In western Libya, Tripoli has absolute prevalence over other ports, which is also justified by the port facilities, which are now complete. Second at a great distance, in the movement of goods and travelers, is Misurata; followed by Sliten and Sirte. In eastern Libya, Benghazi absorbs only half of the freight movement and three-fifths of the passenger movement. Tobruk and Derna follow; at a great distance Apollonia. However, the works for the improvement of the port of Benghazi are proceeding briskly: the superstructure of the main pier is almost completed.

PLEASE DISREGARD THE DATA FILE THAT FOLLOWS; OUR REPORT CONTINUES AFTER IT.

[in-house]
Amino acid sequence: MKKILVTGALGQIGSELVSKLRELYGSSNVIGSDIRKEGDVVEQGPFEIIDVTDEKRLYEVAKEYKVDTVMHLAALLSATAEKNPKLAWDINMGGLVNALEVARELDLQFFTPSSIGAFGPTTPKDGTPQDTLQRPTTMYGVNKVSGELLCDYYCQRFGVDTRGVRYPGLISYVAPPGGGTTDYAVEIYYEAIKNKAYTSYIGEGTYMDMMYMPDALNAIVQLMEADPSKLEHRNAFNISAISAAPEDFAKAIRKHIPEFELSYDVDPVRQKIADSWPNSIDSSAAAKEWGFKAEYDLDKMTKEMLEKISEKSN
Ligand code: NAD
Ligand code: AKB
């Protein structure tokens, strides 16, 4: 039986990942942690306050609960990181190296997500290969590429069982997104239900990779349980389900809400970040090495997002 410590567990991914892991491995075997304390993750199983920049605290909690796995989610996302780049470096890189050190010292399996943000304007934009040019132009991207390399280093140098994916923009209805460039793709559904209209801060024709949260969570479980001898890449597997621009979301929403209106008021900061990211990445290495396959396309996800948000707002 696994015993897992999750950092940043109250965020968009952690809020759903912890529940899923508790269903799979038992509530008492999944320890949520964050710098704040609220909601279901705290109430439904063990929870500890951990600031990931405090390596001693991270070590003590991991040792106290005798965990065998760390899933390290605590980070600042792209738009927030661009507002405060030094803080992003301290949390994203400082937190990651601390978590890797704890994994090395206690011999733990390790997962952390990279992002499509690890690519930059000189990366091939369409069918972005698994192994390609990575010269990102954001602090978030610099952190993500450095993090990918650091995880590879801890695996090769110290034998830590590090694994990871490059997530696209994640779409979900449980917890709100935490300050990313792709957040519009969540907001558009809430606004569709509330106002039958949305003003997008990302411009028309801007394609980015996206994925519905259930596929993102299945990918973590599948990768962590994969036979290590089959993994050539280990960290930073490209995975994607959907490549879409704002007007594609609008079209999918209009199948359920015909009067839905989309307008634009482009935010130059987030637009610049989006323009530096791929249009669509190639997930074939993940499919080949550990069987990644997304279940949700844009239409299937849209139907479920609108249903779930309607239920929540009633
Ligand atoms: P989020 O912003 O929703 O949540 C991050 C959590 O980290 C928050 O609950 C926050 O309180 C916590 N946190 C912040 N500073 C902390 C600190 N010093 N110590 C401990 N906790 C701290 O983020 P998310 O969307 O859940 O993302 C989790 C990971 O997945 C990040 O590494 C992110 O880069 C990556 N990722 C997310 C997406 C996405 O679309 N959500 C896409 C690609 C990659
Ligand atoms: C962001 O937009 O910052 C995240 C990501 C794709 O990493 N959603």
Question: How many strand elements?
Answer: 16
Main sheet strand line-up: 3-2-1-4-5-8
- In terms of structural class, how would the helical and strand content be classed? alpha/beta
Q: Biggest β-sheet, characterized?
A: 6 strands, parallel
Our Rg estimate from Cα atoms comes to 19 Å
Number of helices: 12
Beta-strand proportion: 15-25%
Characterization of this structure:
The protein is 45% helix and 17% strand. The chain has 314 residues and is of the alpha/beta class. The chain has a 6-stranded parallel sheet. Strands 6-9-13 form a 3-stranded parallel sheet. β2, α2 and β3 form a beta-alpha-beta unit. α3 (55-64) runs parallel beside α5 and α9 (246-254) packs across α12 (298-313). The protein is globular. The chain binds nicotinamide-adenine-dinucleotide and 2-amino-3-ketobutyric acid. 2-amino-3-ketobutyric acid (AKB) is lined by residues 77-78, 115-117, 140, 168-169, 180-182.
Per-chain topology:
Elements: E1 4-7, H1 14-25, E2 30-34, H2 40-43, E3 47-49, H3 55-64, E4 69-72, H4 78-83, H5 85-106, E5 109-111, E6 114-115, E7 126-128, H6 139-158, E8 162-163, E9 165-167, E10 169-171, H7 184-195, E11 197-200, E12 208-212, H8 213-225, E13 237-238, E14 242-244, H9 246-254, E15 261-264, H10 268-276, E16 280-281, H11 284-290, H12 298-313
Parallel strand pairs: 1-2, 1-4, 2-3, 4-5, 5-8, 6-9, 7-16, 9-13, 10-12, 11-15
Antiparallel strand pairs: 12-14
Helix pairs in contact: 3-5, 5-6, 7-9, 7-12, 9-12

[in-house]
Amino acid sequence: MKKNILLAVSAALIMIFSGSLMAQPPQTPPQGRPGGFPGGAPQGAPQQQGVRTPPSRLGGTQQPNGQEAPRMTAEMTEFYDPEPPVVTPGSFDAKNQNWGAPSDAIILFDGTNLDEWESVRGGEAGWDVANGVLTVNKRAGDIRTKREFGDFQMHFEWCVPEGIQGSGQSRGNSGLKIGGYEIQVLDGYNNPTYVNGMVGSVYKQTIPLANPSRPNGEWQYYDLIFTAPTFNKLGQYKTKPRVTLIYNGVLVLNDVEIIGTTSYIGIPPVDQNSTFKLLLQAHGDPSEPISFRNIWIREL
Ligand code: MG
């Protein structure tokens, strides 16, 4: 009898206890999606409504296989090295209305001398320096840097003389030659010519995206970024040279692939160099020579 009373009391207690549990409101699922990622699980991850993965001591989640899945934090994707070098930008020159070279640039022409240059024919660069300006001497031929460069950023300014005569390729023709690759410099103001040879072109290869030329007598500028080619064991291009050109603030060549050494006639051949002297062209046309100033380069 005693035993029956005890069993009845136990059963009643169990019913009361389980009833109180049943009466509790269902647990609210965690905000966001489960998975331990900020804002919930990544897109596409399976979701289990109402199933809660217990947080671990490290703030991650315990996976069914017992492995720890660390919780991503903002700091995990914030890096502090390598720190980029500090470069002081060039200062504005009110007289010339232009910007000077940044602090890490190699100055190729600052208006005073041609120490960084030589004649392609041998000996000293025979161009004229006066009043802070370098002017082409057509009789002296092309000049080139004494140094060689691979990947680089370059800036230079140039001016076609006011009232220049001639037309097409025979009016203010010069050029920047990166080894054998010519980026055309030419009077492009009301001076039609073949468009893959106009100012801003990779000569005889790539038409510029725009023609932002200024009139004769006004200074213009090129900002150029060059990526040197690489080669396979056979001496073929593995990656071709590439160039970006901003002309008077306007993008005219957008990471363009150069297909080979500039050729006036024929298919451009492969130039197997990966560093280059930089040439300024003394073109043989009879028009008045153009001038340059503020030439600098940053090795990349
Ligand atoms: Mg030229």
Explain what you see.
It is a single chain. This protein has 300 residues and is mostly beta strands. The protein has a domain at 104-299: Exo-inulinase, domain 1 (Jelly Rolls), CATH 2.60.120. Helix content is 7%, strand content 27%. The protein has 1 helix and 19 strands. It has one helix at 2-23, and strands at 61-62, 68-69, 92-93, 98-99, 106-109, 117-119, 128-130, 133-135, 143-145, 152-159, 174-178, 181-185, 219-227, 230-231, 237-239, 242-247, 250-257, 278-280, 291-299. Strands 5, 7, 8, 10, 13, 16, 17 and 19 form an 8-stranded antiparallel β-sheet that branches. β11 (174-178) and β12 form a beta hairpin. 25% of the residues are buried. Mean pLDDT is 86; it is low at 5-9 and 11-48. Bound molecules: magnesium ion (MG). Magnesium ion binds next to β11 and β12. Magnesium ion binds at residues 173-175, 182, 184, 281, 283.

Communications. – The need for the construction of new railway lines in Libya has not emerged in recent years, because the extension of the lorry network and the consequent development of car traffic meet the economic needs and those of the movement of foreigners. The road network now makes it possible to travel through Libya in any direction up to the furthest southern garrisons. The most impressive work is the grandiose Libyan coastal road, 1822 km long, completed in March 1937 and solemnly inaugurated by Mussolini, which ensures communications from the border of Tunisia to that of Egypt: about 800 km. it were built exnovo in recent years, everything else has been completely renovated and refitted. The road services are provided by a body of 350 national roadmen (in addition to 450 indigenous), who are also employed in agricultural and pastoral farms attached to the roadside wardens. A special Office for the Road has been set up in Tripoli reporting directly to the government. The car lines in regular public service include the sections: Tripoli-Misurata-Sirte; Tripoli-Garian-Iefren-Nalut; Tripoli-Tarhuna-Beni Ulíd; Benghazi-Agedabia; Bengasi-Cirene-Derna (with double itinerary) for a total length of 1550 km. There are also two big tourism lines: the Tripoli-Nalut-Gadámes (680 km.) And the Tripoli-Gabes-Tunis.